When the Senate Finance Committee begins the markup of its tax cut bill on Thursday afternoon it will not include several provisions that would have limited the tax-preferred treatment of retirement plan contributions.
The full House passed its own version of the bill, the Tax Cuts and Jobs Act, on Thursday.
The latest version of the Senate committee’s tax cut bill does not require that catch-up contributions to 401(k) plans — available to those 50 and older — be limited to after-tax Roth contributions, an amendment originally added by Senate Finance Chairman Orin Hatch (R-Utah), according to Brian Graff, CEO of the American Retirement Association (ARA).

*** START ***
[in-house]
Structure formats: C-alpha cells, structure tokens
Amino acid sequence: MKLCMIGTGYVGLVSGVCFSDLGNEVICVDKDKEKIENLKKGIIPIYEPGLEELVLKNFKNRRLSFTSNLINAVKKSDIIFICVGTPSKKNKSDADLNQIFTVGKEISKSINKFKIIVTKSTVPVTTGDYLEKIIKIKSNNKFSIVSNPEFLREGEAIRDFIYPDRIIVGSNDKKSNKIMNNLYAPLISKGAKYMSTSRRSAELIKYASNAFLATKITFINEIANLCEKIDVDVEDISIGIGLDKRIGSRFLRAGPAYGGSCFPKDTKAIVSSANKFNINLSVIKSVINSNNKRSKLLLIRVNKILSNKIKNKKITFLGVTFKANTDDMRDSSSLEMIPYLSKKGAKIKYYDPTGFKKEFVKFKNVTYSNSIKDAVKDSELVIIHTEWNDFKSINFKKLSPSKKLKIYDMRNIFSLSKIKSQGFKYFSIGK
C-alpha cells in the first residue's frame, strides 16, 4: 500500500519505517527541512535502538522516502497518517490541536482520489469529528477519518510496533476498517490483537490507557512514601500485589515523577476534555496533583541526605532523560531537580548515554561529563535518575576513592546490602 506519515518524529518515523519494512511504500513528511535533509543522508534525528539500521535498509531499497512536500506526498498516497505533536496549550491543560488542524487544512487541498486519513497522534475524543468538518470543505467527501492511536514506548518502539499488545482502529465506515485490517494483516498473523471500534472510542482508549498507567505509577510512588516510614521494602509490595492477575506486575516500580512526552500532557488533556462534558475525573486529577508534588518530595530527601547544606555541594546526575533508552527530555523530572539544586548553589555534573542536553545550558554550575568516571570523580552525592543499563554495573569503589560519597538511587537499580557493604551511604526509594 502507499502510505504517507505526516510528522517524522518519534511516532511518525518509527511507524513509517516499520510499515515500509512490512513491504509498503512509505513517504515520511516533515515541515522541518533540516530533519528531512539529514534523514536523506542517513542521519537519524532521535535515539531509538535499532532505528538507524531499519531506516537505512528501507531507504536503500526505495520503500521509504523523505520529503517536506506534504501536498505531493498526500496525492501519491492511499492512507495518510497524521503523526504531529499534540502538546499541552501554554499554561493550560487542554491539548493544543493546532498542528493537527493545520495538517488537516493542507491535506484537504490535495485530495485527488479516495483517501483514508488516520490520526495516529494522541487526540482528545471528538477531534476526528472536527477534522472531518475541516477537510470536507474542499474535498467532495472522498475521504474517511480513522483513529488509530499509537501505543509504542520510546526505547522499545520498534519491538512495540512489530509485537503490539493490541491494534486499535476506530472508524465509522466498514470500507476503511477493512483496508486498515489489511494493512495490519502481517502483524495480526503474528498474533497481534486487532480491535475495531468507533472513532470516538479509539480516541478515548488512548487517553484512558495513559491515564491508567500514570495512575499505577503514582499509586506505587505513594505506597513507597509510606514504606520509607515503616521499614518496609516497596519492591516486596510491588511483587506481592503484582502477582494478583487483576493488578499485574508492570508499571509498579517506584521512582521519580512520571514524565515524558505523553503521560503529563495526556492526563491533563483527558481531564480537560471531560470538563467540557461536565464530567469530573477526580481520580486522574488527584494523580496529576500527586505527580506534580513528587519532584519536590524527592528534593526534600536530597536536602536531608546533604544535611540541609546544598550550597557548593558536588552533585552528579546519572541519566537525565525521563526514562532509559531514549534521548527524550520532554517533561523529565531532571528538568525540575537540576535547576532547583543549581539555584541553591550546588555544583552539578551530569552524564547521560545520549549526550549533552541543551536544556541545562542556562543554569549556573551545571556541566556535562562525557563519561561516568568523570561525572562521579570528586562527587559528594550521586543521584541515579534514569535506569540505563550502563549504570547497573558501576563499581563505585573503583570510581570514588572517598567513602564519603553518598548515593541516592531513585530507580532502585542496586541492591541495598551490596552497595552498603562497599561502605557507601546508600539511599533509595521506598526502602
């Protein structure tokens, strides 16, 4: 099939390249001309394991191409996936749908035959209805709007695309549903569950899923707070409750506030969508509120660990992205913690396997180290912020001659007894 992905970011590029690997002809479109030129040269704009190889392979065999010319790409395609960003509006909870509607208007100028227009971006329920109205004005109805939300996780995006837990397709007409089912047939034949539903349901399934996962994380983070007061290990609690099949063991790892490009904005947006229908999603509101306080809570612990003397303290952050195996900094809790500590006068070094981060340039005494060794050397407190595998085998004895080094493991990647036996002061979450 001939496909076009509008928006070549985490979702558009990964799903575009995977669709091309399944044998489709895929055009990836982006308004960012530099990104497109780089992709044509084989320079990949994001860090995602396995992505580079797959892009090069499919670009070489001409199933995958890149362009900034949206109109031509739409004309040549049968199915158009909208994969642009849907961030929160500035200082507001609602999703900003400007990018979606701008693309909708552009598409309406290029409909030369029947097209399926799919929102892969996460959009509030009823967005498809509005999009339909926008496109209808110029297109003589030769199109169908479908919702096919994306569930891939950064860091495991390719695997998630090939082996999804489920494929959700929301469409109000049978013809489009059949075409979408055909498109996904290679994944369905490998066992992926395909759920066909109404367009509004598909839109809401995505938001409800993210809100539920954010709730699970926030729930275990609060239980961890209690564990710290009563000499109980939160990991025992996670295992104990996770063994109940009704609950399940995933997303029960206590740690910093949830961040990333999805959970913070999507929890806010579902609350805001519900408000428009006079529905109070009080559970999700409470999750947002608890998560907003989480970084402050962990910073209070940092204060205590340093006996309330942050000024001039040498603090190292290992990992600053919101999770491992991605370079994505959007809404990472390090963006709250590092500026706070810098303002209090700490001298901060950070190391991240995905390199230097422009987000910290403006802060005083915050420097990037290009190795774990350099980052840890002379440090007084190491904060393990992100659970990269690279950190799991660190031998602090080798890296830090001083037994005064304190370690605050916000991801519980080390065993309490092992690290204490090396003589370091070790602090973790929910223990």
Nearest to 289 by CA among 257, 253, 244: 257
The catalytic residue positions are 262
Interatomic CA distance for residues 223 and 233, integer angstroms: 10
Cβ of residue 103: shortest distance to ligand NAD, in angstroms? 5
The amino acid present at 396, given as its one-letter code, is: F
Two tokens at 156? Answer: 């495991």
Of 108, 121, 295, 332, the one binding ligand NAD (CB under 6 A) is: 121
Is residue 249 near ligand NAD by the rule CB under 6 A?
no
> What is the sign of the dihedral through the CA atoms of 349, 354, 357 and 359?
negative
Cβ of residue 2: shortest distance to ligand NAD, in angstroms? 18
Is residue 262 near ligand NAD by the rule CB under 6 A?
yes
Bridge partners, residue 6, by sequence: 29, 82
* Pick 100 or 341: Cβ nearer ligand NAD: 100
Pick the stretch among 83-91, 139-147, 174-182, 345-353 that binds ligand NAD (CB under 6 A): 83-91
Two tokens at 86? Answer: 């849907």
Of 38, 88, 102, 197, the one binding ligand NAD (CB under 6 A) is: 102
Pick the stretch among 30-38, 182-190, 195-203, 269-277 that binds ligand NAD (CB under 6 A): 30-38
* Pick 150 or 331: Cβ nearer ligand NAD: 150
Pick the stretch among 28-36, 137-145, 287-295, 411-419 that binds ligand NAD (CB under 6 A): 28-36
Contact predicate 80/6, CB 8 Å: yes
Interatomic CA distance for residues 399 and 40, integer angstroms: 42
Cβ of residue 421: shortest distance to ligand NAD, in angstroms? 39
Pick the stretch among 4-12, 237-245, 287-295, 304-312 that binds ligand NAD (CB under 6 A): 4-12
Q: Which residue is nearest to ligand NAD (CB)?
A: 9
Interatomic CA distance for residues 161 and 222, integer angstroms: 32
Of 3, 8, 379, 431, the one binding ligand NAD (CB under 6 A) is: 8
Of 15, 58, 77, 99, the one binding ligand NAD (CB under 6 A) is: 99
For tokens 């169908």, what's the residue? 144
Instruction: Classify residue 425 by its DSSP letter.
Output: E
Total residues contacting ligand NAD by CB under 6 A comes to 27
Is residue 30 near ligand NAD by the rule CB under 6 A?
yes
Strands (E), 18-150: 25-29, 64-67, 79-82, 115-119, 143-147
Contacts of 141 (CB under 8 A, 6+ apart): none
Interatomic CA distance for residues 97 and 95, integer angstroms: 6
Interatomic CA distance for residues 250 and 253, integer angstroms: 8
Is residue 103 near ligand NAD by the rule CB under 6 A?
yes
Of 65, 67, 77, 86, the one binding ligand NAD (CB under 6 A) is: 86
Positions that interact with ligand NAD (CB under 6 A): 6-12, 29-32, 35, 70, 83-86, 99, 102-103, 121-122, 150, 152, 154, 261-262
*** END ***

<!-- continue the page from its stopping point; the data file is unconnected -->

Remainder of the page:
Nor does it eliminate nonqualified deferred compensation plans, which was also included in the initial Senate Finance tax cut bill. Such plans allow executives who have already maxed out on their 401(k) contributions — which will be capped at $18,500 in 2018 — to defer income into the future, earning tax-deferred returns in the meantime, in order to maximize their retirement savings.
Graff and Ken Raskin, chairman of the Plan Sponsor Council of America (PSCA), take partial credit for these changes in the current Senate tax cut bill.